That afternoon, a computer virus hit our main server at the RN&R, and we were frantically trying to save the paper from being eaten. No yoga that afternoon, either, and by this time I really, REALLY needed it. I called Charles again, and he talked me through a posture and breathing exercise I could do in my chair to de-stress.

In short, Charles is the man.

I finally made it to one of the yoga classes he teaches out at the North Valley Regional Sports Complex in Stead. Charles is a tall, thin, serene-looking 58-year-old with a shaved head; in other words, he actually looks like a yogi, not an aerobics teacher.

“I joke with my students that yoga does not promote hair growth,” he says with a smile.

Charles tells me that it is not his place to impart religious teachings upon his yoga students, although there is some spirituality to it. The beauty of yoga is that you get whatever you want out of it, be it tight abs, peace of mind or spiritual enlightenment.

There is only one other student today, a woman who kindly lets me borrow a towel, and we sit in the sunlit room facing Charles. We start with a few simple breathing exercises combined with arm motions, and Charles shows us a posture, or asana, that will release tension from our backs. This is especially important for those who sit at desks all day, and he shows us how to do a variation of it while sitting in a chair.

I feel inordinately peaceful. None of the asanas are physically difficult, and I learn how to easily correct my awful posture by placing my hands behind my head and lacing my fingers “prisoner of war” style.

I let my mind zone out, focusing only on my body and my breathing and the soft sounds of Charles’ voice. Our hour is up before I even realize it.

Because it was my first class, I paid nothing, but Charles’ prices are by no means extravagant: only $7 for drop-ins or $26 per month. I may not drive out to Stead every week, but I’ll probably look into his other classes in town.

Marigael Morris
Craniosacral Therapist
Marigael’s office, at 327 Thoma St., is small and decorated minimally, but the sun shining through the large side window gives it the illusion of spaciousness.

She starts with a brief explanation of how craniosacral therapy works, using a painted, plastic model of a skull to show where the different bones are and how they fit together. It costs $65 per hour. The basic idea is that the bones from your head to your tailbone shift and react to stress, and any bad alignment can cause ailments throughout your body. Through gentle pressure and energy work, Marigael would realign my craniosacral system and make me feel better.

I lie down on the massage table, which is too comfortable for words. Marigael begins by finding my “cranial rhythm,” which is like a heartbeat, she says. She finds this rhythm by touching various parts of my body, from the feet up.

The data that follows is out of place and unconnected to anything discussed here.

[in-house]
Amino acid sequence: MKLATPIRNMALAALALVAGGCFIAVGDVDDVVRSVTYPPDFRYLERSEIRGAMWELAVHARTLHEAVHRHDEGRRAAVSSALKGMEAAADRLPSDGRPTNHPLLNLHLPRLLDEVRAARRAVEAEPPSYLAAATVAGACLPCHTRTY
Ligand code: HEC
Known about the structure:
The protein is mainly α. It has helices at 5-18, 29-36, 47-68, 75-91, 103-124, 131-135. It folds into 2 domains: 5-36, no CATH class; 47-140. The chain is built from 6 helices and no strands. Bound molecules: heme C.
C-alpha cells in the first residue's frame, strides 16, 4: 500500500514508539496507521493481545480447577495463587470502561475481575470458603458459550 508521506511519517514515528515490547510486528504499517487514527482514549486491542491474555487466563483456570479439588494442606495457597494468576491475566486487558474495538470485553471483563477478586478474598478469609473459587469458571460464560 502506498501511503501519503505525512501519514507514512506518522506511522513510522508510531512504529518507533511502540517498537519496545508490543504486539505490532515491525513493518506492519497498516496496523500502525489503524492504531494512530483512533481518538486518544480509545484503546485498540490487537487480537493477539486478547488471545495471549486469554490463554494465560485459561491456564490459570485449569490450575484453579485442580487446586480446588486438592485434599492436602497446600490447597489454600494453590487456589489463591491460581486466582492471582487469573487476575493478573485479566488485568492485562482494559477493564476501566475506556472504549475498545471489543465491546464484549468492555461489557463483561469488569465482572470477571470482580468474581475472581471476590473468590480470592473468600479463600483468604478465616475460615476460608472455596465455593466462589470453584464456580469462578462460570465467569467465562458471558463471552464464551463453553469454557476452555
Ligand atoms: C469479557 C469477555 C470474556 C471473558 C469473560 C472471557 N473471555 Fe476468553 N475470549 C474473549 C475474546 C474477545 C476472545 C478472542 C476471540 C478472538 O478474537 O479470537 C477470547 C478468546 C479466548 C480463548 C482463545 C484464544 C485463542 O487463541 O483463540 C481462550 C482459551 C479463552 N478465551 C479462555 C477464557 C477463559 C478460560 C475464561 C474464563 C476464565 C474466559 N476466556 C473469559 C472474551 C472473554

She returns to my feet, and I later find out that she asked my body where the problem was. She says the image my body sent her pointed to my pelvic area. And it’s none of your business what’s wrong with my pelvic area.

Marigael places her hands under my tailbone, and I feel a definite heat and a weird pulsing sensation. Despite my best attempts at skepticism, I had to admit that there was something going on down there. The sensation was a low, pulsing burn—far too hot to just be body heat.

You can stop snickering now. Yes, there was a burning, pulsing sensation in my pelvic area. Har har.

If I were a regular client, Marigael says, she would focus all her attention on the areas I needed work on. But she wants to demonstrate the entire craniosacral technique, so she works on the rest of my body.

As she works, I try to focus on each part of my body and imagine it in my mind’s eye. But I’m finding my brain cluttered with random images in striking detail, including abstract, colorful shapes and the faces of people I love. I’m surprised by these images, because I’ve always been disappointed in my ability to visualize things in my imagination. This is sort of fun.

I’m about to fall asleep! I sort of mentally float until the session is over, and then I describe to Marigael how completely trippy the whole experience was.

I leave the office with another stack of handouts, refreshed and goofily cheerful. My skepticism tries to reassert itself, but I can’t deny that I just had an extremely enjoyable experience.

Looking back on my experiences, the jury’s still out on whether alternative health practices will really help someone with an illness or injury. I never really had much wrong with me in the first place; it’s not like I was trying to cure cancer.

Plus, there are so many variables to consider, including your mindset, the personality of the practitioner and the degree of your problem. My experiences were completely different than those of people I’ve talked to who had the same kind of treatments.

I will say that my attitude toward alternative health is much improved, and I’m definitely willing to try other methods.

Anything to keep those hippies in my head quiet.